In California a secured lender has two foreclosure options if a note is secured by a deed of trust or mortgage: 1) non-judicial foreclosure and 2) judicial foreclosure. The great majority of lenders proceed by non-judicial foreclosure because it is less expensive and relatively quick. However, there are circumstances where a lender might proceed by way of judicial foreclosure such as when the deed of trust does not contain a power of sale, the lender seeks a deficiency judgment, or the lender has been sued by the borrower. Judicial foreclosures are governed by Code of Civil Procedure section 725a et seq. Continue reading
Code of Civil Procedure section 580b provides that no deficiency judgment shall lie after a sale of real property under a deed of trust given to the vendor to secure payment of the balance of the purchase price of that real property. Section 580b was drafted in contemplation of the standard purchase money transaction, in which the vendor of real property retains an interest in the land sold to secure payment of part of the purchase price.
In Weinstein v. Rocha the court confirmed the breadth of section 580b. It held that a written settlement agreement, wherein the parties intended to modify the terms of a promissory note given to the seller to secure payment of part of the purchase price, was simply a modification of the note, not a separate obligation. The settlement agreement did not change the nature of the note — a seller financed note secured by a deed of trust.
Seller’s remedy, therefore, was limited to foreclosure of the security. If that security is valueless by virtue of the foreclosure of a senior lien, section 580b applies and prevents any deficiency judgment on the note.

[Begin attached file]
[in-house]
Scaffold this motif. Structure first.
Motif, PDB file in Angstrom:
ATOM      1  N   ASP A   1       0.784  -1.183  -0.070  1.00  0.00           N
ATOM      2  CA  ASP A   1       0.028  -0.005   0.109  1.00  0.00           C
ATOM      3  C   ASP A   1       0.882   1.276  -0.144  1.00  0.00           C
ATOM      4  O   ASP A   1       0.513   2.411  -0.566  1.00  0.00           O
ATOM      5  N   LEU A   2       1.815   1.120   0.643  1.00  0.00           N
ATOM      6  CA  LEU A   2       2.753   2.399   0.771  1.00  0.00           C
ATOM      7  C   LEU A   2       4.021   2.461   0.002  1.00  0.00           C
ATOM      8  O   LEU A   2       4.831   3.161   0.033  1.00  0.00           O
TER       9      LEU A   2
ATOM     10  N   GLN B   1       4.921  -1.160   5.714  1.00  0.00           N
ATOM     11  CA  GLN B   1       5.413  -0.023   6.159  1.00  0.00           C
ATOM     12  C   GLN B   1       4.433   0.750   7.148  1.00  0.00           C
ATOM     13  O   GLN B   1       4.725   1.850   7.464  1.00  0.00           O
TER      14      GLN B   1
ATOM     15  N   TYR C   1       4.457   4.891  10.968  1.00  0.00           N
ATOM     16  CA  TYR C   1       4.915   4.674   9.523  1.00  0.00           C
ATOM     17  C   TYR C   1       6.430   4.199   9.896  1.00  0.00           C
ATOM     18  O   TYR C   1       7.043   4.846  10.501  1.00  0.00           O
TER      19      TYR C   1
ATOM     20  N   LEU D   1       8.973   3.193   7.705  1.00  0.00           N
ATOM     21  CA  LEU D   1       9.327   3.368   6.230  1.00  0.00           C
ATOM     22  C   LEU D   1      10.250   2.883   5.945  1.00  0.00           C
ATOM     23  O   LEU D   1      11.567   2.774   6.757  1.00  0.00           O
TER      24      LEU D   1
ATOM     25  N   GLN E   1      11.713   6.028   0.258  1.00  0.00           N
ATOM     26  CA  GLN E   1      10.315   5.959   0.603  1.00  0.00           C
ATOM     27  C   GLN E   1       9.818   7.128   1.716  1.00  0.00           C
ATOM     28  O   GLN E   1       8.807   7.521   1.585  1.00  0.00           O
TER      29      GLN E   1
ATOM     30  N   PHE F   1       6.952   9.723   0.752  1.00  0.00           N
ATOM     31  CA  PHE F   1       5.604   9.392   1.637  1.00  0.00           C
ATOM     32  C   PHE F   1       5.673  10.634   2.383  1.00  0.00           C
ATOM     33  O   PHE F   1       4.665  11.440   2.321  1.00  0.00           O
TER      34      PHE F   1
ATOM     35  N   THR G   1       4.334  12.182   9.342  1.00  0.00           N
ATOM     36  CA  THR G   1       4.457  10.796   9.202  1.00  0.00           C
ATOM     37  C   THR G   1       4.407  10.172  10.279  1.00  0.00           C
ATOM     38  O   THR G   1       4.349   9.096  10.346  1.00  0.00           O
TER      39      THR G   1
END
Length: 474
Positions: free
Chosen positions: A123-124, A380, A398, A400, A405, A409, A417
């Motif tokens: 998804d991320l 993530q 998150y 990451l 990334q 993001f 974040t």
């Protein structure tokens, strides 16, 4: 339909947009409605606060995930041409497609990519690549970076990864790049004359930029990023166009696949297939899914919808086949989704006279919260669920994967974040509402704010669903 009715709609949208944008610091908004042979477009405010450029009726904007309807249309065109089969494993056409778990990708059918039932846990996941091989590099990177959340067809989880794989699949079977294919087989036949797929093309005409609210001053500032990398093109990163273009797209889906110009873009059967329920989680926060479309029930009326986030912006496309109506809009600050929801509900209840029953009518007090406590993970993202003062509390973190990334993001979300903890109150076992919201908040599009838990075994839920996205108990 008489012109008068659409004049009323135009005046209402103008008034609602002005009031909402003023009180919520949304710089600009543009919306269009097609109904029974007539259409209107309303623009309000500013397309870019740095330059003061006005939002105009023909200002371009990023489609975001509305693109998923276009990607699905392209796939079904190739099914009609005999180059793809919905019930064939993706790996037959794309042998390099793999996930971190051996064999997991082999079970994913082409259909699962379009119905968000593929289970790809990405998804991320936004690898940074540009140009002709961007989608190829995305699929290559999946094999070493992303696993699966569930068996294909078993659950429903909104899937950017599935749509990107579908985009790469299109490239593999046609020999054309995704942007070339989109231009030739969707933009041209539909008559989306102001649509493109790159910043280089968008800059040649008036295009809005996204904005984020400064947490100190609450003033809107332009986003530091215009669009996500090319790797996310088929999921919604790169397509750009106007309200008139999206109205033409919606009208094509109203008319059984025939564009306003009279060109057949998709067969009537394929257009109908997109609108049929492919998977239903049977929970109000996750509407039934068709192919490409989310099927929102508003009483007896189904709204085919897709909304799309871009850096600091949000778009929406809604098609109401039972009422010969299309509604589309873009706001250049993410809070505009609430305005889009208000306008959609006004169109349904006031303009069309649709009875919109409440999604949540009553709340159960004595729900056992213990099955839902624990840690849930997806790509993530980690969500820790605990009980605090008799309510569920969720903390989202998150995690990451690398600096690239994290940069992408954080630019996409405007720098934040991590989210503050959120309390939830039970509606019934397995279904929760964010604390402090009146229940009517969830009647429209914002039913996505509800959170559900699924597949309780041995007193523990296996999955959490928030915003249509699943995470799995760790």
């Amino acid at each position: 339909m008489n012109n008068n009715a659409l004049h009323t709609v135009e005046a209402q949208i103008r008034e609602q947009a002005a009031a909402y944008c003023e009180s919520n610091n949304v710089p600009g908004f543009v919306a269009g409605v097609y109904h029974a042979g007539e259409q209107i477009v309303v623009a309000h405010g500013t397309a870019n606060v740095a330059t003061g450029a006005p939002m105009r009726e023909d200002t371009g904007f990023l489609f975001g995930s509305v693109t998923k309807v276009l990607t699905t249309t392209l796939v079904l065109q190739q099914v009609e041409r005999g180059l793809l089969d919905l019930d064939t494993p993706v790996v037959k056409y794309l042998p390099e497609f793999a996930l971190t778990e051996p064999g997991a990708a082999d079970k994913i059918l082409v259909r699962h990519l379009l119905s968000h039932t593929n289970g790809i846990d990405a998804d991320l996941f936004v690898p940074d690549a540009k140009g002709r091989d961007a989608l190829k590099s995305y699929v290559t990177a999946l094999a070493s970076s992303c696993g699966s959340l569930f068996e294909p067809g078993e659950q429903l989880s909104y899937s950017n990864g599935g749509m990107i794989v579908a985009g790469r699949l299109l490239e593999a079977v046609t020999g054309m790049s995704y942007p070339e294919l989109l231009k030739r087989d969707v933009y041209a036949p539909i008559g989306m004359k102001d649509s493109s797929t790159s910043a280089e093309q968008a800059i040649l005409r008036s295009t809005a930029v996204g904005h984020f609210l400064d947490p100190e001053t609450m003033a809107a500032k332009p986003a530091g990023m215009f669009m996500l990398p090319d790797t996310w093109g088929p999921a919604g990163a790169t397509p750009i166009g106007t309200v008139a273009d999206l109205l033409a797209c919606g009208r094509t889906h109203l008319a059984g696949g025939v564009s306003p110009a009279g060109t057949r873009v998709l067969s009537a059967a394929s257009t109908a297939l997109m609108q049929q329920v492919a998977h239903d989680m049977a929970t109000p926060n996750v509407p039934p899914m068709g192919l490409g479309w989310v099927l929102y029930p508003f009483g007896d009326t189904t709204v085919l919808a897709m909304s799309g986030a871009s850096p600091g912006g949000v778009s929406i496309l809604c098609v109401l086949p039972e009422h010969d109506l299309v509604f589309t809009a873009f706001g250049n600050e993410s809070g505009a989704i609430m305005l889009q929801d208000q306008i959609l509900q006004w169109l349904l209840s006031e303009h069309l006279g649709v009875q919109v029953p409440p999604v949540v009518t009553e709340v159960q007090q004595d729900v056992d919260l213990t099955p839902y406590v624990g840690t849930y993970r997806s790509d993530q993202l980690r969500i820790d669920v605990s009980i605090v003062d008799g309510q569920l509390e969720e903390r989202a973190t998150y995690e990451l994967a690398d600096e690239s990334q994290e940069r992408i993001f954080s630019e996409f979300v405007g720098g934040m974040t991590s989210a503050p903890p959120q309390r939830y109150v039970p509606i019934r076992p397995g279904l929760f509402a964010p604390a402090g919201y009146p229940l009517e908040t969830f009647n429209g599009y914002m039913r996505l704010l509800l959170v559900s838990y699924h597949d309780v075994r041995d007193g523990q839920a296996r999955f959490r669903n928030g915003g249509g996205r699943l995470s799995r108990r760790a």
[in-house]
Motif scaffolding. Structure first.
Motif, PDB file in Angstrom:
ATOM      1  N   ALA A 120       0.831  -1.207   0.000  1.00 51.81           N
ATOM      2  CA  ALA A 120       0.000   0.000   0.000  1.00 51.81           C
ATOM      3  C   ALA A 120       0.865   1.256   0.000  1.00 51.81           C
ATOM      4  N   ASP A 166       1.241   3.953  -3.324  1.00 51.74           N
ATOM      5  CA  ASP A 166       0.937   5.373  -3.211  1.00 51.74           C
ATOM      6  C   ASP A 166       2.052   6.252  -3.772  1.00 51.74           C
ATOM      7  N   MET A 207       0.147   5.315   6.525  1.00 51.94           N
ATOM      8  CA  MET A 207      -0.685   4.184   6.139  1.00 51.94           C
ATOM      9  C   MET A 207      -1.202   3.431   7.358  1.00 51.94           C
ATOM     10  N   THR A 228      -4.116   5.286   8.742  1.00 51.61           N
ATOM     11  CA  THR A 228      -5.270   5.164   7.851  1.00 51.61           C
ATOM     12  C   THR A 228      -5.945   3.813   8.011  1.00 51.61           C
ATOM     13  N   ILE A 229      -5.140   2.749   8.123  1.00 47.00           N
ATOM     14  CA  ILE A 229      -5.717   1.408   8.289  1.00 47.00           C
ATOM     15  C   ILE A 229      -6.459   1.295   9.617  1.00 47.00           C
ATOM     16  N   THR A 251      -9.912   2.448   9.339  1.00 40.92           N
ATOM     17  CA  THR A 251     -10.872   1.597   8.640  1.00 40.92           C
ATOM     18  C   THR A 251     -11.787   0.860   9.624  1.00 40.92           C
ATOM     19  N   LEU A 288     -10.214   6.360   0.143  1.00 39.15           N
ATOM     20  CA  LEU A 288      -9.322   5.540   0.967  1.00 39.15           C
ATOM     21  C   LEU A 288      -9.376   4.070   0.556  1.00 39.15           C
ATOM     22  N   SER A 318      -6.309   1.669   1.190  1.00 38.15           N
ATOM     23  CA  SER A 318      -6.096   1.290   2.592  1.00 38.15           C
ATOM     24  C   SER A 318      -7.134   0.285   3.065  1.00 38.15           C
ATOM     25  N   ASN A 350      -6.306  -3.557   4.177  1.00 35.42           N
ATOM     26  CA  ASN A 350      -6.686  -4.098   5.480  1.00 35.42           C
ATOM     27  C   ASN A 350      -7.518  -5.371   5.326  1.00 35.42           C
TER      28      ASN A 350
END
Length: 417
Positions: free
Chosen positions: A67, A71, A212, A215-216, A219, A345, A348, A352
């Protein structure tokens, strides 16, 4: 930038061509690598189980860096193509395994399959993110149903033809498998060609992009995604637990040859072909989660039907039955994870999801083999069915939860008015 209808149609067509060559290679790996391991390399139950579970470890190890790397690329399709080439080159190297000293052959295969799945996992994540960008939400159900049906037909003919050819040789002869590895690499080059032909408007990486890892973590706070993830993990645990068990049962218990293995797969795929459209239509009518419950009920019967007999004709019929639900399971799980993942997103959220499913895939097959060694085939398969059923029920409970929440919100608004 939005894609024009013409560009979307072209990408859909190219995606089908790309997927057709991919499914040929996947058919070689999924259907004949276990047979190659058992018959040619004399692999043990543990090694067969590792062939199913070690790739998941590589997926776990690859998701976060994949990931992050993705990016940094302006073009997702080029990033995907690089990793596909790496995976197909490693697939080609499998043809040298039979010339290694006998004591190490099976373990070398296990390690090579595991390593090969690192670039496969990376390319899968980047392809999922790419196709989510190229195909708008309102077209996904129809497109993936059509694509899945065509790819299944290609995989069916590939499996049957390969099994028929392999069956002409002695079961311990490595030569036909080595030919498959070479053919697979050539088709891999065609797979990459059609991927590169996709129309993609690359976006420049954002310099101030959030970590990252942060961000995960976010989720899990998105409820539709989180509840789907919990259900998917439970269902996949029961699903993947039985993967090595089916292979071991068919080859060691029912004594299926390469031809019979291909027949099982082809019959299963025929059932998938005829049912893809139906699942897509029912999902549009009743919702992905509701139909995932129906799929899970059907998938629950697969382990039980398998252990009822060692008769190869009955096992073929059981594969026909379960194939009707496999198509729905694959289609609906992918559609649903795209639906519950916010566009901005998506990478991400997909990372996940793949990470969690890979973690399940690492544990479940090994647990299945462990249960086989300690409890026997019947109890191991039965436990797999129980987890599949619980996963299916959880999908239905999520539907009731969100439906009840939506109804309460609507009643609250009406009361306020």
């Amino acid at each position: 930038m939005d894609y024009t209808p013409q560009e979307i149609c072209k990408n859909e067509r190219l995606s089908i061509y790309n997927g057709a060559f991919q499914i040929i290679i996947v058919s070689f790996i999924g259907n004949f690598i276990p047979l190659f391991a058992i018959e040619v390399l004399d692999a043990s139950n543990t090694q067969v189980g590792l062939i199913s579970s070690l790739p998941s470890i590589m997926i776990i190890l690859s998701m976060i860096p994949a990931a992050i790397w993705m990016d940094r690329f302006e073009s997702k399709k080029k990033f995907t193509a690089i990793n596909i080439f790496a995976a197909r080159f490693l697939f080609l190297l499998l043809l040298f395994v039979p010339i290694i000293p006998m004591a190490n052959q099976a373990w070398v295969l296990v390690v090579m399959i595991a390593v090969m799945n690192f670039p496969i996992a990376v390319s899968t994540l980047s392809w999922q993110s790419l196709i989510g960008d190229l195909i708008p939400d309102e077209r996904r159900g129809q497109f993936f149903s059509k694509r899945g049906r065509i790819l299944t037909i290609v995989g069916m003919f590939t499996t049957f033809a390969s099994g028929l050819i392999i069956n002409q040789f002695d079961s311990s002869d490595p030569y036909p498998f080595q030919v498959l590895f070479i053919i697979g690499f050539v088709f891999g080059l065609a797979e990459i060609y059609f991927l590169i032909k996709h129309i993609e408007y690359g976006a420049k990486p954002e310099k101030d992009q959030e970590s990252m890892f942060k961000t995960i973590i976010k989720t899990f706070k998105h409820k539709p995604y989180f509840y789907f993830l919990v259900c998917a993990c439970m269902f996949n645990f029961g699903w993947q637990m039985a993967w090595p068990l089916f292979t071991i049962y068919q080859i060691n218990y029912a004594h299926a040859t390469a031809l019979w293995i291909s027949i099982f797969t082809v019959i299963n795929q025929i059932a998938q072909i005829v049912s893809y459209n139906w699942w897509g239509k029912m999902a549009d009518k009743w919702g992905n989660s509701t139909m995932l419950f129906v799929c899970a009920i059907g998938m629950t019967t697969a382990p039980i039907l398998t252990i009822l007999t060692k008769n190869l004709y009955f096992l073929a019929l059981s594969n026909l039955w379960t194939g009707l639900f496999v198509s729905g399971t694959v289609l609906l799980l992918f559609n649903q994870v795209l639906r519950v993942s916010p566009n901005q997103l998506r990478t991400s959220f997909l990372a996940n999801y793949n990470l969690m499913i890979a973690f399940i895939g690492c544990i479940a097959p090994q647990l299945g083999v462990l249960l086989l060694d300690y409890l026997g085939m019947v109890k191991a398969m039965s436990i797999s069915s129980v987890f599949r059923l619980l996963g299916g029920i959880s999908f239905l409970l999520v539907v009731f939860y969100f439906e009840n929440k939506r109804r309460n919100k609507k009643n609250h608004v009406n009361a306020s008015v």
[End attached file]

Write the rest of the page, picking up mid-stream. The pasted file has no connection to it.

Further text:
Sold-out, nonpurchase money junior lienholders are generally able to sue the borrower on their note once their security has been rendered valueless by a senior lienholder’s nonjudicial foreclosure sale. A judicially created exception to this rule is when the same lender is both the senior lienholder and the junior lienholder. In that circumstance, it has generally been held that Code of Civil Procedure section 580d precludes a deficiency judgment and, therefore, the lender cannot sue the borrower on the junior note. Moreover, a single lender cannot avoid the application of section 580d by assigning the junior loan to a different entity after the trustee’s sale on the senior lien.
But, what about the circumstance when a single lender contemporaneously makes two nonpurchase money loans secured by two deeds of trust referencing a single real property and soon thereafter assigns the junior loan to a different entity, can the assignee of the junior loan, who is subsequently sold-out by the senior lienholder’s nonjudicial foreclosure sale, pursue the borrower for a money judgment in the amount of the debt owed? Continue reading